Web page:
Scottish National Dictionary (1700–)

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BLUBBER, n. and v.

1. n. A bubble of air. Given in N.E.D. as obs. except dial. Sc. a.1812 ? State, Leslie of Powis, etc. 136 (Jam.):
He has seen blubbers upon the water . . . by blubbers he means air-bubbles, such as arise from any fish or other animal breathing below water.

2. v.

(1) To make a bubbling noise. Bch. 1928 (per Abd.15):
Fat nott ye geen the geet sic a dish o' tay? He's jist blubbert amon't!

(2) To bespatter, mess with mud or liquid of any kind. Found only as ppl.adj. Abd.(D) 1767 R. Forbes Jnl. from London, etc. (1869) 17:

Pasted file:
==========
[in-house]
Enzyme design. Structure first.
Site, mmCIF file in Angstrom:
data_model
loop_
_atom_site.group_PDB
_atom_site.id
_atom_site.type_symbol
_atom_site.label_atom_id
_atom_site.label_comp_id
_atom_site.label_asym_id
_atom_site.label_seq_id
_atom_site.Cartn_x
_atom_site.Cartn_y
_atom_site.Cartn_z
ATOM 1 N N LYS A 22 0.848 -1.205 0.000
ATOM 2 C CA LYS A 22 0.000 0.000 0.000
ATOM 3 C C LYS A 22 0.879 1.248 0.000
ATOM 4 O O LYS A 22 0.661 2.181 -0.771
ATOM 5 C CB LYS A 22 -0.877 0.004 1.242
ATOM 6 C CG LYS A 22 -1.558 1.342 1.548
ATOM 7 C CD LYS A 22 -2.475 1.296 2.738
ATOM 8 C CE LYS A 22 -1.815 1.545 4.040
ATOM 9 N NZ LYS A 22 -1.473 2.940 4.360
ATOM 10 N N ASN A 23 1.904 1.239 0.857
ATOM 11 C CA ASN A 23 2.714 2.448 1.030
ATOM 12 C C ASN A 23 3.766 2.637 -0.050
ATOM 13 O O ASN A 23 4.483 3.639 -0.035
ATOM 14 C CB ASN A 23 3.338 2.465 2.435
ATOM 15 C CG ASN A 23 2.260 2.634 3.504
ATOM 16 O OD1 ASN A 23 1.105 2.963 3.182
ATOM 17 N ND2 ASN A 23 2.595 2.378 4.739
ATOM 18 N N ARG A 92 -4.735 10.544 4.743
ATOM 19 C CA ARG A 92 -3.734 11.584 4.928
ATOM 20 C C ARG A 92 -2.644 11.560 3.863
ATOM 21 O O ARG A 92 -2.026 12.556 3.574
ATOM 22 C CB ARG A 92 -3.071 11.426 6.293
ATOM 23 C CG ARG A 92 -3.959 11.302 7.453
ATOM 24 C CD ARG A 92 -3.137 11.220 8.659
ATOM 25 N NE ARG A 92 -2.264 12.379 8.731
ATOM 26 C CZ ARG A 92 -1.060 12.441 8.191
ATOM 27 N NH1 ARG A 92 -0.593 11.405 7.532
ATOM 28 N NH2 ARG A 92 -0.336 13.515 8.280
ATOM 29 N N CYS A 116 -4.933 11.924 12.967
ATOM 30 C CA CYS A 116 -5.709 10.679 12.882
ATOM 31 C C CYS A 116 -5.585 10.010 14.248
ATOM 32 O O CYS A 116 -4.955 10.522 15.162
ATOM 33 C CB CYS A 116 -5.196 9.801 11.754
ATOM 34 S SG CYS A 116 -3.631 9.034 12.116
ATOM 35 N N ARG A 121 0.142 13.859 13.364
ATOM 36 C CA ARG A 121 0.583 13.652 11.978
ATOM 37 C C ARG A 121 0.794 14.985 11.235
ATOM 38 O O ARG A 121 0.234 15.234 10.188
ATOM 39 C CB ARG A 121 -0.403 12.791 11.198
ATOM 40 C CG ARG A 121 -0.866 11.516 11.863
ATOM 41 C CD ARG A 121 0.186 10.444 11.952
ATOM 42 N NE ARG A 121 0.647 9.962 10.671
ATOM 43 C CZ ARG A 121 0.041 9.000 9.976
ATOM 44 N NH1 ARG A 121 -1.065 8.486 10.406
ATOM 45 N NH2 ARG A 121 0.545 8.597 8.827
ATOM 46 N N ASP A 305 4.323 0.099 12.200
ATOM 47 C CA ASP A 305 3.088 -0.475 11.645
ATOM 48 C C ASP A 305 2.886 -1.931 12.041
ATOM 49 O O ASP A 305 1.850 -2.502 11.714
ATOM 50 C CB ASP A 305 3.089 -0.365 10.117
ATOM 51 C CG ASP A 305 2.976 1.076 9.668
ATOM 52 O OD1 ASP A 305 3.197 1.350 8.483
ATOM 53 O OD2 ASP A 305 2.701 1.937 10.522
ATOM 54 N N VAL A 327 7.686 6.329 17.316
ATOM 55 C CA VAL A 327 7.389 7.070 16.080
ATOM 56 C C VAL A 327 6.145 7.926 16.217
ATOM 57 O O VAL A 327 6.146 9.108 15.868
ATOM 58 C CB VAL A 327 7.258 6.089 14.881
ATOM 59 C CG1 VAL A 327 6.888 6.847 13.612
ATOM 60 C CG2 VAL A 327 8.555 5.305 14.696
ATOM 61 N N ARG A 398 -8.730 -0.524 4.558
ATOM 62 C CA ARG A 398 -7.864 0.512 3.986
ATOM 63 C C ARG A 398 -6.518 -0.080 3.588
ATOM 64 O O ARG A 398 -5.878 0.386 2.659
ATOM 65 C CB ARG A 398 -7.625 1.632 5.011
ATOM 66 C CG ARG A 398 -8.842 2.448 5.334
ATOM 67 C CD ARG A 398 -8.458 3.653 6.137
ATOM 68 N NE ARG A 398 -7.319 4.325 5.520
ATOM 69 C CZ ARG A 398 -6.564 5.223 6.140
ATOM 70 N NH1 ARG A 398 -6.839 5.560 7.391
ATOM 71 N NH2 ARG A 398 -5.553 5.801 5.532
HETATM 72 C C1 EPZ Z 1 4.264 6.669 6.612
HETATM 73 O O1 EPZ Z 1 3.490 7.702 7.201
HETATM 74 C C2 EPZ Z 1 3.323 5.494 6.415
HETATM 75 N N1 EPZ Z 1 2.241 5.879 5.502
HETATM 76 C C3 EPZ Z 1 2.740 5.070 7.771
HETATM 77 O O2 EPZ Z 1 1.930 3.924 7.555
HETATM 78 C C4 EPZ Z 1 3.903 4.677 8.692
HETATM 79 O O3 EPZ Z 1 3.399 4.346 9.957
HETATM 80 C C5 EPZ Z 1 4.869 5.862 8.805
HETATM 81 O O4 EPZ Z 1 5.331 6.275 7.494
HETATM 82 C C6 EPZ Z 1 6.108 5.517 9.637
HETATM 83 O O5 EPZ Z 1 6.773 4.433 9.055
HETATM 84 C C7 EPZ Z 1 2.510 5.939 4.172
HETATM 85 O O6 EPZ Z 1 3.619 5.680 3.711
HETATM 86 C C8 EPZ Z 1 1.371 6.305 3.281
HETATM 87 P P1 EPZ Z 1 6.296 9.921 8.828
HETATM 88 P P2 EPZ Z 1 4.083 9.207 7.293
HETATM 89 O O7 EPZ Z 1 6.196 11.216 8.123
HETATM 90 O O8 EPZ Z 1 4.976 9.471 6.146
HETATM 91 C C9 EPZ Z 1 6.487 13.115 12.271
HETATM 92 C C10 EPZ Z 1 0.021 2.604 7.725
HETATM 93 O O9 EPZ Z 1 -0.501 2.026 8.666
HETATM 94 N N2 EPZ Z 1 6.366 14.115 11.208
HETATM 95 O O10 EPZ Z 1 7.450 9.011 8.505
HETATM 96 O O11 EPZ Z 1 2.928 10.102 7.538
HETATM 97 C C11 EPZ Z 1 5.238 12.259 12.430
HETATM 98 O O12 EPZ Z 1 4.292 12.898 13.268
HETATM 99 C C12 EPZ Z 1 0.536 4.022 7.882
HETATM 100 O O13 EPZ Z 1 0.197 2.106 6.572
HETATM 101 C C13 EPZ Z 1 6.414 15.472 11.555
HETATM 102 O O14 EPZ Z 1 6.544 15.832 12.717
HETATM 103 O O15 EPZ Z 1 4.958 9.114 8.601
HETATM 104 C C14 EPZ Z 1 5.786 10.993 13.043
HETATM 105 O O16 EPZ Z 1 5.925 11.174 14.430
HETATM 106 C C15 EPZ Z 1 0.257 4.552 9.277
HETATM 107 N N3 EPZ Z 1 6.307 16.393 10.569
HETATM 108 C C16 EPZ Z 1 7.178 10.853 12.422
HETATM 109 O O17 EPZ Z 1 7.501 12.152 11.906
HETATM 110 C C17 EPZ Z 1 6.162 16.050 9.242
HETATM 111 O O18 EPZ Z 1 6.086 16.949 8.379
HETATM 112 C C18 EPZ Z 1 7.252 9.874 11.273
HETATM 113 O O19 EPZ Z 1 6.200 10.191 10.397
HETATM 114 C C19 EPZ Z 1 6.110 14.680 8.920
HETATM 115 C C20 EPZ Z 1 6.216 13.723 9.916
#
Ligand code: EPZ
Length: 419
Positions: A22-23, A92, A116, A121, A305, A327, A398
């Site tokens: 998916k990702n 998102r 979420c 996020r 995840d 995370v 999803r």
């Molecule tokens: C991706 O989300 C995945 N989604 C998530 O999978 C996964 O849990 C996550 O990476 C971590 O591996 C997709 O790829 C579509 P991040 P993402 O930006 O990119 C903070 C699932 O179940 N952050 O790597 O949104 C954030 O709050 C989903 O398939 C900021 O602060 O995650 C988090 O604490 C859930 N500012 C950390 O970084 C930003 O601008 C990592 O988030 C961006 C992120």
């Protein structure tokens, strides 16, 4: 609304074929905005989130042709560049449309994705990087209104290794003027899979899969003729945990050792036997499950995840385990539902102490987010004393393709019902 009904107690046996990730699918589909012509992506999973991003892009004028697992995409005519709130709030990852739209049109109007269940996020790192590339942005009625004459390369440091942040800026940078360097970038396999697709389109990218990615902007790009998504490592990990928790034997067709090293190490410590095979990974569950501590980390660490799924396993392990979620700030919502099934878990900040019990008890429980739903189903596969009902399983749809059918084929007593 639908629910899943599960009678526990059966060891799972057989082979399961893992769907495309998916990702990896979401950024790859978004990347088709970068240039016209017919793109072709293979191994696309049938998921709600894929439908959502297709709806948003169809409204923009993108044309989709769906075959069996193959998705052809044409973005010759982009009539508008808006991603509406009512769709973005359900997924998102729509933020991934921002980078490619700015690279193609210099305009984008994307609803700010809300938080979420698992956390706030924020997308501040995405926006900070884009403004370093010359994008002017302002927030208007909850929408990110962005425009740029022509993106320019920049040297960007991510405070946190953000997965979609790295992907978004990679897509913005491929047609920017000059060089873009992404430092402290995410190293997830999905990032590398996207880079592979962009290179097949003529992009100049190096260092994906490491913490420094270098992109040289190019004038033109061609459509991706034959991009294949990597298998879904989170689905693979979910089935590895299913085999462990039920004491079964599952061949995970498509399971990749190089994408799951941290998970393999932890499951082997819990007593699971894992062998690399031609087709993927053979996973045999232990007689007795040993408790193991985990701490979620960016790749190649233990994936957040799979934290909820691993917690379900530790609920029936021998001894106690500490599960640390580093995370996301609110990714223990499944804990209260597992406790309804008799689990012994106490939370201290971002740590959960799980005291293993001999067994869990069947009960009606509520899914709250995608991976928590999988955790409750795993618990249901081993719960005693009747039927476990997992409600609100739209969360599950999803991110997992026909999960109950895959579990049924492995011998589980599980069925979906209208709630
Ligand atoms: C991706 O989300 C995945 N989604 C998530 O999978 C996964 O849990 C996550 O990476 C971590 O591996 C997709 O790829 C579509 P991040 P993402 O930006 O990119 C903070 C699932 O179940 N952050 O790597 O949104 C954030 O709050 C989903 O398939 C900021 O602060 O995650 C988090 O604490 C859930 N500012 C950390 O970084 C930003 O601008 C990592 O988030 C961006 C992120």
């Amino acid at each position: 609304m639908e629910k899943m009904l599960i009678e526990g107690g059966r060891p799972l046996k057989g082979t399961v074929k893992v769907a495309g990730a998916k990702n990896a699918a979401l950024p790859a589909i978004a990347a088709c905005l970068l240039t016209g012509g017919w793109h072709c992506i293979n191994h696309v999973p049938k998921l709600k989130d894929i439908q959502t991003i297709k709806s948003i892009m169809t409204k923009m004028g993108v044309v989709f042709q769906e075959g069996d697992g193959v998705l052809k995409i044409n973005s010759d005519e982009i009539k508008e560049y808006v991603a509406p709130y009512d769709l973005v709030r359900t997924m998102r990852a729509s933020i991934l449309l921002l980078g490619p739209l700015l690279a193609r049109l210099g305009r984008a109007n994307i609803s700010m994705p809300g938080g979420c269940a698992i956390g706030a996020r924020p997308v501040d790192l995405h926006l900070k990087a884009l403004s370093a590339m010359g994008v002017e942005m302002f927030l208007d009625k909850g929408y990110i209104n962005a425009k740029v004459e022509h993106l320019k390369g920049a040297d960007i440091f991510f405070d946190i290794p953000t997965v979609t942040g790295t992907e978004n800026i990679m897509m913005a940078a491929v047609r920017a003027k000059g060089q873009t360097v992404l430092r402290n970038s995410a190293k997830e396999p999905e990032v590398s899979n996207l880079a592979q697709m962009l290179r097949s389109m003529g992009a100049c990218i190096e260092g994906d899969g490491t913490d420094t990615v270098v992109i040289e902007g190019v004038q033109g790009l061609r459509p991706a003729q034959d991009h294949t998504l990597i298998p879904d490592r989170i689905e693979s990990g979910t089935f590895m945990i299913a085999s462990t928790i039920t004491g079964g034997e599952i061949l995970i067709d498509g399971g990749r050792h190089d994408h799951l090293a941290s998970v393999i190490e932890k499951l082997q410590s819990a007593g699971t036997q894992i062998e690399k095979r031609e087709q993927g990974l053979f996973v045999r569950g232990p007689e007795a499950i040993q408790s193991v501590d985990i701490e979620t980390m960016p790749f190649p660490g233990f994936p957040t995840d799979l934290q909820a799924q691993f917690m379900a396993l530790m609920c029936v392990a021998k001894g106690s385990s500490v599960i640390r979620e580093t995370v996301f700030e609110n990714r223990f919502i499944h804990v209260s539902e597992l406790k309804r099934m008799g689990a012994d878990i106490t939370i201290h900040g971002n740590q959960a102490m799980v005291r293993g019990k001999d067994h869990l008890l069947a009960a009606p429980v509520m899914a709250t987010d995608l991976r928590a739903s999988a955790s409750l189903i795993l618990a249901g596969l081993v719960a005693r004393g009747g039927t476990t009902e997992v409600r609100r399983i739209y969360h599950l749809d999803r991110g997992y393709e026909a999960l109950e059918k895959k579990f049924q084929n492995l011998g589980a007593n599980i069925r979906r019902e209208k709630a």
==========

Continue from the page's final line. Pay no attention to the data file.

An' they were like to split their sides fan they saw how blubber'd and droukit the peer wary-draggels war fan they came in.

[O.Sc. blubbir, bluber, to blubber, emit bubbles' to besmear (D.O.S.T.). Mid.Eng. blober, bluber, n.; dial. Ger. blubbern, of water, to cast up bubbles (N.E.D.).]

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"Blubber n., v.". Dictionary of the Scots Language. 2004. Scottish Language Dictionaries Ltd. Accessed 6 Dec 2021 <>



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